|The Ants of Africa
CHAPTER 3 - Mosaics - Introduction
The origin of the term ant mosaic is attributed usually to Dennis Leston and his succinct definition is worth quoting
"The humid tropics fauna includes certain dominant ants. Where they occur these are more numerous than other ants and to the exclusion of other dominants, i.e., those ants which elsewhere are more abundant. Dominants are usually non-nomadic, arboreal, multi-nested, saccarophilic and predatory, practicing mutualism with Homoptera: they have a potential for rapid population growth. Optimally dominants are spaced out in a three-dimensional mosaic with few lacunae but forest degradation leads to a two-dimensional structure. Three mosaic patterns are recognised: (1) the forest canopy mosaic, occurring too but simplified in the crowns of cocoa, coffee, coconut and oilpalm, etc.; (2) the forest understorey pattern; (3) theCrematogaster striatula pattern, peculiar to West Africa" (Leston, 1973-1974).
The attribution of the "ant mosaic" concept to Dennis Leston, at least among anglophones, may not be strictly correct. For instance, T.C. Schneirla writing before his death in 1968, noted - "Actually, any tropical forest is a mosaic of zonal patterns in which adjacent sites may differ greatly as living nooks for any animal. As a result, colonies of any species of ant (or other potential doryline booty) are likely to be distributed unevenly through the forest (Wilson, 1958)" (Schneirla, 1971). Wilson (1976) described how he had examined the question of diversity and consequent prevalence of the various ant genera. This was largely by drawing on the results of his own surveys in Papua New Guinea, various South Pacific Islands, Sri Lanka and Mexico and is summarised at the end of this Chapter. The assemblage of ant species which he surveyed differs, however, in many ways from that of West Africa.
An earlier use of the term "dominant" can be found in the work of F. Bernard (1952). In his extensive report of the Mt. Nimba ant surveys in Guinea, Table II - "Distribution of Ants at Mt. Nimba" has the categories - Dominantes (dominants), Communes (common), Assez communes ou infrequentes (fairly common or infrequent) and Raretés or nouveautés les plus notables (the most notable rarities or new species); with each category divided according to habitat Ubiquistes (ubiquitous); Savane (savanna, 500-900 m); Forêt dense (dense forest, 452-1250 m); Prairie (montane grass land, 1200-1600 m). Bernard, however, probably used "dominant" to denote high numerical abundance and not necessarily territorial control (as used by the later mosaic investigators). Strickland (1951b) also used the term in noting that Oecophylla longinoda was "the dominant ant species inhabiting cacao in the Eastern province of the Gold Coast".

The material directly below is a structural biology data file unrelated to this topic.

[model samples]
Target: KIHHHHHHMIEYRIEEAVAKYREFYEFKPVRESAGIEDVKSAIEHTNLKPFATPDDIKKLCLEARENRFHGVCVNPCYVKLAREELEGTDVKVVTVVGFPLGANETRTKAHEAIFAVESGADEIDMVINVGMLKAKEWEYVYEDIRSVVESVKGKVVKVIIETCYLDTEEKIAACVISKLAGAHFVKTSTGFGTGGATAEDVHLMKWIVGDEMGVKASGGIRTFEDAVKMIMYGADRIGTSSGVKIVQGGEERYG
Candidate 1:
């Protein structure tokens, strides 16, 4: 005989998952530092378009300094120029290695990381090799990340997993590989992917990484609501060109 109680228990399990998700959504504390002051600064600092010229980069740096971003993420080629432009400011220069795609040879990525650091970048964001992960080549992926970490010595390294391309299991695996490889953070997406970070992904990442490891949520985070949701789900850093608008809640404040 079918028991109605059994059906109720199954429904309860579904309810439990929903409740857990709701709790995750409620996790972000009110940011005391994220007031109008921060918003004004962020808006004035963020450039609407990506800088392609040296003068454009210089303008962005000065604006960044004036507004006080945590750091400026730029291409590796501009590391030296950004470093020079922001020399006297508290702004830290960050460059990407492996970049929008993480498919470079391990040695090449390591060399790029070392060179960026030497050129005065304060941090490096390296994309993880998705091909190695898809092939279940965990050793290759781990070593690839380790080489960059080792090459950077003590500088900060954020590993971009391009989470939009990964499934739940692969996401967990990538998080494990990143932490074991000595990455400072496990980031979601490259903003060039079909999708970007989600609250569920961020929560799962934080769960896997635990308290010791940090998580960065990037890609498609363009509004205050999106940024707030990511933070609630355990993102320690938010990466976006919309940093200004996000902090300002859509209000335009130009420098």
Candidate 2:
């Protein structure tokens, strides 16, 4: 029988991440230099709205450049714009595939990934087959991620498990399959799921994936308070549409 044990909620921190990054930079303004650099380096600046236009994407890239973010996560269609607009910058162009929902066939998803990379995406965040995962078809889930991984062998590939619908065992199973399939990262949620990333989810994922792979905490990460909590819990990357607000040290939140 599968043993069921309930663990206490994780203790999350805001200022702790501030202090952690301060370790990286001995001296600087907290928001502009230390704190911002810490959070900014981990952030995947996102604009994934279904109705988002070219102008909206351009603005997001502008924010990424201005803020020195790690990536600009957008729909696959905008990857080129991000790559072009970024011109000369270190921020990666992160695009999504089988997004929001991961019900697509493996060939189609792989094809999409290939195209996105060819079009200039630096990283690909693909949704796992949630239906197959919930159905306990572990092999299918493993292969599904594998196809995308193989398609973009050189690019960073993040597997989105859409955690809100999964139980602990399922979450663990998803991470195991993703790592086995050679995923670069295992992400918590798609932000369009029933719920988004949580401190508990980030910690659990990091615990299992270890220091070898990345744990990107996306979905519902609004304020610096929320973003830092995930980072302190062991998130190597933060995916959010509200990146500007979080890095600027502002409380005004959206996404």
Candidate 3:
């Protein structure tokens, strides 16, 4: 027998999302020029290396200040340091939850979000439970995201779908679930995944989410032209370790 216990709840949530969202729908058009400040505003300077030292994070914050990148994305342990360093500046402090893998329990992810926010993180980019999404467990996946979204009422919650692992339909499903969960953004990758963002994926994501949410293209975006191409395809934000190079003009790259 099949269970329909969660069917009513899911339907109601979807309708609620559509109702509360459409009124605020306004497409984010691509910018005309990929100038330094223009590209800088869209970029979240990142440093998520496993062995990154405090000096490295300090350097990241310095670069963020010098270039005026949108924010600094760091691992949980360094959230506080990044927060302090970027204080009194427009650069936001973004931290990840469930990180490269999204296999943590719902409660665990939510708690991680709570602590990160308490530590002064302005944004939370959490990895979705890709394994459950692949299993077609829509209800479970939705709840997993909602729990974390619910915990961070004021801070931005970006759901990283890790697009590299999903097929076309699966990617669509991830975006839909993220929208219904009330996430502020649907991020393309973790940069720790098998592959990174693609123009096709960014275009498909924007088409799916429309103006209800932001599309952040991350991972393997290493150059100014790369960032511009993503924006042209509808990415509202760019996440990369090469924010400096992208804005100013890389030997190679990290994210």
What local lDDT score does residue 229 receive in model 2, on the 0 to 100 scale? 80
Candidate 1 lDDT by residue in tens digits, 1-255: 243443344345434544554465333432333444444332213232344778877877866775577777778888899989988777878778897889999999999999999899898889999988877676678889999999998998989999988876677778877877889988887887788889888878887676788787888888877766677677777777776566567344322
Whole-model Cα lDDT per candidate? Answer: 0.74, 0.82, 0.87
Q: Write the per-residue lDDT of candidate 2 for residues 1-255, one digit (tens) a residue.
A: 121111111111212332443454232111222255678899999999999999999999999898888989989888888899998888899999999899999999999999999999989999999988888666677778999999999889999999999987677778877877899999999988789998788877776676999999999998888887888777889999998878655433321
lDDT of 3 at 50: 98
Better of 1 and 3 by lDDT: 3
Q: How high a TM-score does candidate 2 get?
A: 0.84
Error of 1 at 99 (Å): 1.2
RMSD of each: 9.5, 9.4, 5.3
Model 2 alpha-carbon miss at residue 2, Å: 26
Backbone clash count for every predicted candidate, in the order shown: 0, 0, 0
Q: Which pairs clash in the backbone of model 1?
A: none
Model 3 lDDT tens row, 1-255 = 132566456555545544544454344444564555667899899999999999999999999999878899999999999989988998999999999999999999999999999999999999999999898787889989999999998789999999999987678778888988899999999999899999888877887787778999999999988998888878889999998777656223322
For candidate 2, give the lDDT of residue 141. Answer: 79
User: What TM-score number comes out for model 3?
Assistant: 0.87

In Journey to the Ants, Bert Hölldobler described his fascination for the Weaver ants, Oecophylla longinoda from Africa and O. smaragdina from Asia and further east (Hölldobler & Wilson, 1994). Unfortunately, the reader is misled, perhaps as a result of Bert's non-reporting of work from outside East Africa. For instance, one finds that "They destroy workers of most other ant species" and "Battles between neighboring weaver ant colonies are so severe that they create narrow, unoccupied borders between the territories, a kind of 'no ant's land'". Now, in West Africa, as will be seen below, O. longinoda is but one of the dominant ants of the forest trees. Given a true forest situation, with large trees available as nest sites, there are equally, if not more, successful species of Crematogaster ants. Indeed it has been argued that O. longinoda fits the lacunae between Crematogaster dominants. Moreover, to find a "no ant's land" is highly unusual. In Nigeria, we examined "non-dominated situations" and found several other species which were regular occupiers of such lacunae. Another African species, Pheidole megacephala, which Bert and Ed mention as a global menace because of its ability to destroy local species in places where it has been accidentally introduced, also seems to be more than able to compete with O. longinoda. A further fascinating truth is that there are distinct cohorts of ant species which live within the territories of dominants; several researchers having discovered patterns of positive and negative associations with specific dominants.
Lastly, subsequent evidence has shown that Leston's assertion regarding Crematogaster striatula may well be unsound.
|Mosaics in Ghana||Mosaics in Nigeria||Mosaics in Cameroun||Mosaics in Ivory Coast||Mosaics in Zaïre||Mosaics Conclusions|
©1998-99, 2003 - Brian Taylor CBiol FSB FRES
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